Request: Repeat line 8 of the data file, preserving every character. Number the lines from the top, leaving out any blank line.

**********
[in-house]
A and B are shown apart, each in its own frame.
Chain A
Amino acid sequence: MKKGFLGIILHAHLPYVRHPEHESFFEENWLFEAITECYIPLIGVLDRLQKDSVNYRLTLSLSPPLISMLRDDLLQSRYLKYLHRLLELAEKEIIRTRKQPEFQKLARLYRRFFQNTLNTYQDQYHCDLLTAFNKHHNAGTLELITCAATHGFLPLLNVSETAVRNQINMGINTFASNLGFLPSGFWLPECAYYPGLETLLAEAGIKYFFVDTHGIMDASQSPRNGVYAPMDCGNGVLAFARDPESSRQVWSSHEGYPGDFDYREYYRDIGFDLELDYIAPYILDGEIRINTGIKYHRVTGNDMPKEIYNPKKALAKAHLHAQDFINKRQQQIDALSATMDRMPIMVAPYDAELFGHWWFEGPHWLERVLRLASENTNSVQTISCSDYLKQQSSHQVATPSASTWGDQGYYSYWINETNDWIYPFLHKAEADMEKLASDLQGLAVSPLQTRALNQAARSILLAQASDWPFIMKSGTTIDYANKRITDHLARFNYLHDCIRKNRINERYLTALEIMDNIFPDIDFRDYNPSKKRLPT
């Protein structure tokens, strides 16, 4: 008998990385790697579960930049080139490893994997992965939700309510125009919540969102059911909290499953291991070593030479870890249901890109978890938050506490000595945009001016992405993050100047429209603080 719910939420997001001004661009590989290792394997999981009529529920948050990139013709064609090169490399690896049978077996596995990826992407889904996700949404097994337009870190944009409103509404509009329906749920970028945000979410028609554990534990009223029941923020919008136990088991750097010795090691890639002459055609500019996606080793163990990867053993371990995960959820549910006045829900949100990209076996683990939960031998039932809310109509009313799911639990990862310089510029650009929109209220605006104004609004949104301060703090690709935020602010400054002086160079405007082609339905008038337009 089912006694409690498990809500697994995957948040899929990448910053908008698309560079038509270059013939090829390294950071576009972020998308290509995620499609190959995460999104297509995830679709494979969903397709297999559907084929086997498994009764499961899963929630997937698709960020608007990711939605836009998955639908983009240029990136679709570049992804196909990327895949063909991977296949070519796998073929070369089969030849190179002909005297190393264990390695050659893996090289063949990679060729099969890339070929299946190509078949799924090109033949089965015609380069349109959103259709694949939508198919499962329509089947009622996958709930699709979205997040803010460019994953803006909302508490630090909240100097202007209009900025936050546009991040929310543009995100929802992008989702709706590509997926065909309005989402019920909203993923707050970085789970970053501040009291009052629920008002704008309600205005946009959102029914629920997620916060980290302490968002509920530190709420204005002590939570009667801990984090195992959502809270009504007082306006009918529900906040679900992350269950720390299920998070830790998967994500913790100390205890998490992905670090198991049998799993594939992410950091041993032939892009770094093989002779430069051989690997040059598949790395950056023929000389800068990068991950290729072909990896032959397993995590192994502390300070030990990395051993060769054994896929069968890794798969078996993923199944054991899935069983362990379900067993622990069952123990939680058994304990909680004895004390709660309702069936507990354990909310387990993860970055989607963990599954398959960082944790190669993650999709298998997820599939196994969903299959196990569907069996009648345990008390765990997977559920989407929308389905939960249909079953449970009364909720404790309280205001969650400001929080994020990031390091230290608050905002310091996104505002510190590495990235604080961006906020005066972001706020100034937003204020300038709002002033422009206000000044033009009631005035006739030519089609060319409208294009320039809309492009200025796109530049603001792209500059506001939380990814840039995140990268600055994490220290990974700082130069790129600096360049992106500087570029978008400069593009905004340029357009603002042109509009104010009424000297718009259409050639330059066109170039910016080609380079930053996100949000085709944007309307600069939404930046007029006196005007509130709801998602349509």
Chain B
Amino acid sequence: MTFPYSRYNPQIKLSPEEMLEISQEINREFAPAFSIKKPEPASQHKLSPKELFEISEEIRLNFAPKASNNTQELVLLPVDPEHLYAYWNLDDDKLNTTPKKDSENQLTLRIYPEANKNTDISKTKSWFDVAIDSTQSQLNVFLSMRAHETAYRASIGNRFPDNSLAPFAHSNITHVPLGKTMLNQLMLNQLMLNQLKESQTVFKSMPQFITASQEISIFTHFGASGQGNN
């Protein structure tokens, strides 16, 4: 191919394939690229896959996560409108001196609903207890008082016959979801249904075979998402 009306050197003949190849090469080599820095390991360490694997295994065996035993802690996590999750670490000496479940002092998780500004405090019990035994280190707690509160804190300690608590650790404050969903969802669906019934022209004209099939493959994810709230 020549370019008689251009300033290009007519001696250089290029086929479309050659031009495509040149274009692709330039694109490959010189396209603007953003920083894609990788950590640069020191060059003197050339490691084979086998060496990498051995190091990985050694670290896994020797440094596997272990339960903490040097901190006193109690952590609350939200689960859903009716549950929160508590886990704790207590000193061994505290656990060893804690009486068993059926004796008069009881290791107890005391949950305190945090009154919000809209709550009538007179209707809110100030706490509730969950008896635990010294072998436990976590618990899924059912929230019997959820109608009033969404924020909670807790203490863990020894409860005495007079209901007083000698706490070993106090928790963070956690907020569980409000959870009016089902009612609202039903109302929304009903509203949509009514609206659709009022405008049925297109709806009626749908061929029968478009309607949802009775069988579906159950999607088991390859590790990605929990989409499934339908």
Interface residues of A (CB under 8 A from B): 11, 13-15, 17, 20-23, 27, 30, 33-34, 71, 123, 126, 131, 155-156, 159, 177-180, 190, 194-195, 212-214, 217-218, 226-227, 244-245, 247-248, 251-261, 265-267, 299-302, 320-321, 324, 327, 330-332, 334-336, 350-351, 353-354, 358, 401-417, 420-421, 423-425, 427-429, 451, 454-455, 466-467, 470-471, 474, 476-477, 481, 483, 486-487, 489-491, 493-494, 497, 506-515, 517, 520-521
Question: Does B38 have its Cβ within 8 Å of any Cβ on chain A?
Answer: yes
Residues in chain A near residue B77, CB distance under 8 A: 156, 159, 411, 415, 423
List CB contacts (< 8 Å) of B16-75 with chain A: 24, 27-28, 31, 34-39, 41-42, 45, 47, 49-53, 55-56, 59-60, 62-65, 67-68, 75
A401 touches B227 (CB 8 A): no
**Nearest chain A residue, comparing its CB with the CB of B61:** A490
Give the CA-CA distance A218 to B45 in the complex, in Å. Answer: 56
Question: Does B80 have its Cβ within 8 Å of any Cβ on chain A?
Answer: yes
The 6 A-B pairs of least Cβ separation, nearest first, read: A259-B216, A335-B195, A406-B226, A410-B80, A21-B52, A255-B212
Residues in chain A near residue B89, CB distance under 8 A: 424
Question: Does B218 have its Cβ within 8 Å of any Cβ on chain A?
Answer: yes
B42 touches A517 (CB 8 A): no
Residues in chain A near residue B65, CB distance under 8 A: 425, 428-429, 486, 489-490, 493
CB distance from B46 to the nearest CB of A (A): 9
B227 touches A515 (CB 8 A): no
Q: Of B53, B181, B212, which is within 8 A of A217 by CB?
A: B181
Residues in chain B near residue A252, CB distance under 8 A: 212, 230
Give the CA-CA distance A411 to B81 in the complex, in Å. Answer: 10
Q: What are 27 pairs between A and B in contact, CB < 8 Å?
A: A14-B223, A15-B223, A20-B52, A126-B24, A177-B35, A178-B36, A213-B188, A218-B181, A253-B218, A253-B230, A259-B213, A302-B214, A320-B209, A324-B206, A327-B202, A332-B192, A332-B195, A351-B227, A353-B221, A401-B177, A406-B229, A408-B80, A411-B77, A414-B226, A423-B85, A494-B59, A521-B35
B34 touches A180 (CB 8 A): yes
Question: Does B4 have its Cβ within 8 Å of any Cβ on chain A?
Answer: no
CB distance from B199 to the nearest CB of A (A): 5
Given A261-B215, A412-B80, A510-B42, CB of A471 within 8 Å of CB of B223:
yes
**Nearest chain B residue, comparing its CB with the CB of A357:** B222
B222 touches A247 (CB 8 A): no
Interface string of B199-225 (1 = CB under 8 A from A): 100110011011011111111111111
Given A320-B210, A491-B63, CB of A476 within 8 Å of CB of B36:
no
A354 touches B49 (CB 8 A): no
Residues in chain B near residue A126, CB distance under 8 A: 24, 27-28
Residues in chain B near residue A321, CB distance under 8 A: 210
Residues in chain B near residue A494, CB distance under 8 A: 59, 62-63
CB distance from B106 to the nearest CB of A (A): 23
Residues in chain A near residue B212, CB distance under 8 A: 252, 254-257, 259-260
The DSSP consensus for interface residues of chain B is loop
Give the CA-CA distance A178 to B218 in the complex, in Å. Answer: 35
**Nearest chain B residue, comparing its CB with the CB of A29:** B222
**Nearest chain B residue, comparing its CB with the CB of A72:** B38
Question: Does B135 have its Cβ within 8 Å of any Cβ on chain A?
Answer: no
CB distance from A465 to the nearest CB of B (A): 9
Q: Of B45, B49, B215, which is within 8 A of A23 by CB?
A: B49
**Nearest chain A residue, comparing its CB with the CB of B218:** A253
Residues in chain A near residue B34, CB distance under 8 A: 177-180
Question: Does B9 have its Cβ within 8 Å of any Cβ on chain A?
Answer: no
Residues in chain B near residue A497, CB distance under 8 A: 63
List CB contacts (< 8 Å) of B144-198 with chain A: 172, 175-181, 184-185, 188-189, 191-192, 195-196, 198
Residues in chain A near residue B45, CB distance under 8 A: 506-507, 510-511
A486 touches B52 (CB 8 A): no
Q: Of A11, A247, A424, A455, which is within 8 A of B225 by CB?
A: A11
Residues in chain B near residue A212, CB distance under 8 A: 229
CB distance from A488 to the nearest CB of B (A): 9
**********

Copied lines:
């Protein structure tokens, strides 16, 4: 191919394939690229896959996560409108001196609903207890008082016959979801249904075979998402 009306050197003949190849090469080599820095390991360490694997295994065996035993802690996590999750670490000496479940002092998780500004405090019990035994280190707690509160804190300690608590650790404050969903969802669906019934022209004209099939493959994810709230 020549370019008689251009300033290009007519001696250089290029086929479309050659031009495509040149274009692709330039694109490959010189396209603007953003920083894609990788950590640069020191060059003197050339490691084979086998060496990498051995190091990985050694670290896994020797440094596997272990339960903490040097901190006193109690952590609350939200689960859903009716549950929160508590886990704790207590000193061994505290656990060893804690009486068993059926004796008069009881290791107890005391949950305190945090009154919000809209709550009538007179209707809110100030706490509730969950008896635990010294072998436990976590618990899924059912929230019997959820109608009033969404924020909670807790203490863990020894409860005495007079209901007083000698706490070993106090928790963070956690907020569980409000959870009016089902009612609202039903109302929304009903509203949509009514609206659709009022405008049925297109709806009626749908061929029968478009309607949802009775069988579906159950999607088991390859590790990605929990989409499934339908």